Bristol-based Ultraleap and the Aquarium of the Pacific in Long Beach, California, have signed a five-year agreement to include Ultraleap’s ‘virtual touch’ technologies on a long-term basis.

The Aquarium’s Honda Pacific Visions Theater, the keystone project of the Pacific Visions wing, already features Ultraleap’s hand tracking and mid-air haptic technology. This new agreement solidifies and expands the relationship between these two organizations so that the virtual touch technology can continue to engage visitors for years to come.

The Pacific Visions wing opened in May 2019 and features a number of cutting-edge technologies to provide a truly multi-sensory experience for everyone, including those with disabilities.

The Honda Pacific Visions Theater is an immersive 4D theater within the wing, simulating the sights, smells, and sounds of the ocean. The Aquarium of the Pacific, Ultraleap and Cortina Productions worked together to create a multisensory film experience. Ultraleap’s technology, which uses ultrasound to create the sensation of touch in mid-air, allows users to feel (without touching anything) what is being shown on screen: a wave splash, the blades of a windmill rotating or foam bubbles bursting. This type of experience is highly engaging and rewarding for visitors with visual or hearing disabilities.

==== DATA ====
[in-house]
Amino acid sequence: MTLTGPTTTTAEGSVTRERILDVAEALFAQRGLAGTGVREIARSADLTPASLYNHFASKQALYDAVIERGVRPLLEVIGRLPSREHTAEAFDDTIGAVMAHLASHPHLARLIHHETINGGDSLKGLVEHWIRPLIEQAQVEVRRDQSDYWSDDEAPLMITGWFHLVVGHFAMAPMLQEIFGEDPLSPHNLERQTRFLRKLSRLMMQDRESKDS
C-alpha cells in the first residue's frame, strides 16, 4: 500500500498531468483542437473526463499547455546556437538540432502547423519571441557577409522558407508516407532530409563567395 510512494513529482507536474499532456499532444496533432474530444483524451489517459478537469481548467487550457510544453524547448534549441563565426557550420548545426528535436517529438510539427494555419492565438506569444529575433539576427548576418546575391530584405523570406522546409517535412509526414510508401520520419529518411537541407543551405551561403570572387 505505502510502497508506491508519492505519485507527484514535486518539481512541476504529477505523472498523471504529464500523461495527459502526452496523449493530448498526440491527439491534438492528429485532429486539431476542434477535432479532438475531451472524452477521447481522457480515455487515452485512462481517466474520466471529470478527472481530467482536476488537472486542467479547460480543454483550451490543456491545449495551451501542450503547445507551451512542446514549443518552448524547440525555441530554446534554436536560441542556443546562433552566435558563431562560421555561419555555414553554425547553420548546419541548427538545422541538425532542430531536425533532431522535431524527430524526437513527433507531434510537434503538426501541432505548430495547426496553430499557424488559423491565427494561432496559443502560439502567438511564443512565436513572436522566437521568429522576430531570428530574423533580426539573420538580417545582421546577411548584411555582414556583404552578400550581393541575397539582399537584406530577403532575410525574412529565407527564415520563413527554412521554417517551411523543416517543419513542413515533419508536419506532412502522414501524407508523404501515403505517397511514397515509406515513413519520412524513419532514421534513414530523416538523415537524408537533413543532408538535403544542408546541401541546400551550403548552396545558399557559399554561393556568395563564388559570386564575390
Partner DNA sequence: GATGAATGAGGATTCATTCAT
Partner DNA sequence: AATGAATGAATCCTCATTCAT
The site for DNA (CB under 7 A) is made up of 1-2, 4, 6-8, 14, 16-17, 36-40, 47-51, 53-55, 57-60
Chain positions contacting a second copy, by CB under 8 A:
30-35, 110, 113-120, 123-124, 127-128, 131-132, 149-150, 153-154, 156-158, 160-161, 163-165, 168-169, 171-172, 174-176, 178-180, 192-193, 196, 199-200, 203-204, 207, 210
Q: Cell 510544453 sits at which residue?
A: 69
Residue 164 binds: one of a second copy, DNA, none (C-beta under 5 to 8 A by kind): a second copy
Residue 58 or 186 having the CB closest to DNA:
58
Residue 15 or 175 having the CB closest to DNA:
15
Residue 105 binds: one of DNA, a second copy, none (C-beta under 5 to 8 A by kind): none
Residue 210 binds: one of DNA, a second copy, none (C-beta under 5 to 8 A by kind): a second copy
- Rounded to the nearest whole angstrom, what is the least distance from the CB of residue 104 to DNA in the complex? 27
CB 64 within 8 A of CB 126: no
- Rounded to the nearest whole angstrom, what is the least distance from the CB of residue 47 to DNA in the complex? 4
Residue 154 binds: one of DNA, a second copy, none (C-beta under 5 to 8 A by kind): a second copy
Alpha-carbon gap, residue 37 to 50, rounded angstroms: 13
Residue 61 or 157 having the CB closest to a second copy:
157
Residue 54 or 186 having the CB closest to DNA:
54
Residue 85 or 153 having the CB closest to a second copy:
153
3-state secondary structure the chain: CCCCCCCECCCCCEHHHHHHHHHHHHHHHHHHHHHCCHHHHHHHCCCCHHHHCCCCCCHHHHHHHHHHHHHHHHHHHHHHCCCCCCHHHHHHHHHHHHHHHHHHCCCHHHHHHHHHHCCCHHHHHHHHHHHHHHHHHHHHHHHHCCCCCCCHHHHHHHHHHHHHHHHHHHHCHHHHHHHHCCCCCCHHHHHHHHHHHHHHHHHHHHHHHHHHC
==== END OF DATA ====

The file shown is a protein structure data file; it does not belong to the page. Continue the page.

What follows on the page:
Saurabh Gupta, Director of OOH Product at Ultraleap, said: “The Honda Pacific Visions Theater at the Aquarium of the Pacific is state-of-the-art and we are so proud to be part of it. We are excited to be a part of this project that embraces inclusivity and can’t wait to see how the content evolves and where you may find ‘virtual touch’ experiences next.”

John Rouse, Aquarium of the Pacific’s Vice President of Operations, said: “We have had amazing feedback about Ultraleap’s virtual touch technology from our visitors. I’m pleased we can continue to secure it for visitors and explore future use cases of the touchless technology in the Aquarium.”

The Aquarium’s indoor areas, including Pacific Visions, are currently closed to the public due to COVID-19 restrictions.